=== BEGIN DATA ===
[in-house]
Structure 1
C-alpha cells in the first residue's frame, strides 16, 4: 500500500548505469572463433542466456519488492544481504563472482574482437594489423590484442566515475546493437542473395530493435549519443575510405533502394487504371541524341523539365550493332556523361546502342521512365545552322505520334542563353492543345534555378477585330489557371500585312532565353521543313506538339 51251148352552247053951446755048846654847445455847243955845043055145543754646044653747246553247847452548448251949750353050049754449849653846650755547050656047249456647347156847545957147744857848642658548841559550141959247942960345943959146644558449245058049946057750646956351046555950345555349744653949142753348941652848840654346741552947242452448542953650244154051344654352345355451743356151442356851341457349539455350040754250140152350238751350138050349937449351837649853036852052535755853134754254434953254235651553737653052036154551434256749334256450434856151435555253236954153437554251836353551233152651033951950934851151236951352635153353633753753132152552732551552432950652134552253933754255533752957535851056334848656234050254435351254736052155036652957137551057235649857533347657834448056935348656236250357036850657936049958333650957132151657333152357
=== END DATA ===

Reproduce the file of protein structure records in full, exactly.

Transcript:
[in-house]
Structure 1
C-alpha cells in the first residue's frame, strides 16, 4: 500500500548505469572463433542466456519488492544481504563472482574482437594489423590484442566515475546493437542473395530493435549519443575510405533502394487504371541524341523539365550493332556523361546502342521512365545552322505520334542563353492543345534555378477585330489557371500585312532565353521543313506538339 51251148352552247053951446755048846654847445455847243955845043055145543754646044653747246553247847452548448251949750353050049754449849653846650755547050656047249456647347156847545957147744857848642658548841559550141959247942960345943959146644558449245058049946057750646956351046555950345555349744653949142753348941652848840654346741552947242452448542953650244154051344654352345355451743356151442356851341457349539455350040754250140152350238751350138050349937449351837649853036852052535755853134754254434953254235651553737653052036154551434256749334256450434856151435555253236954153437554251836353551233152651033951950934851151236951352635153353633753753132152552732551552432950652134552253933754255533752957535851056334848656234050254435351254736052155036652957137551057235649857533347657834448056935348656236250357036850657936049958333650957132151657333152357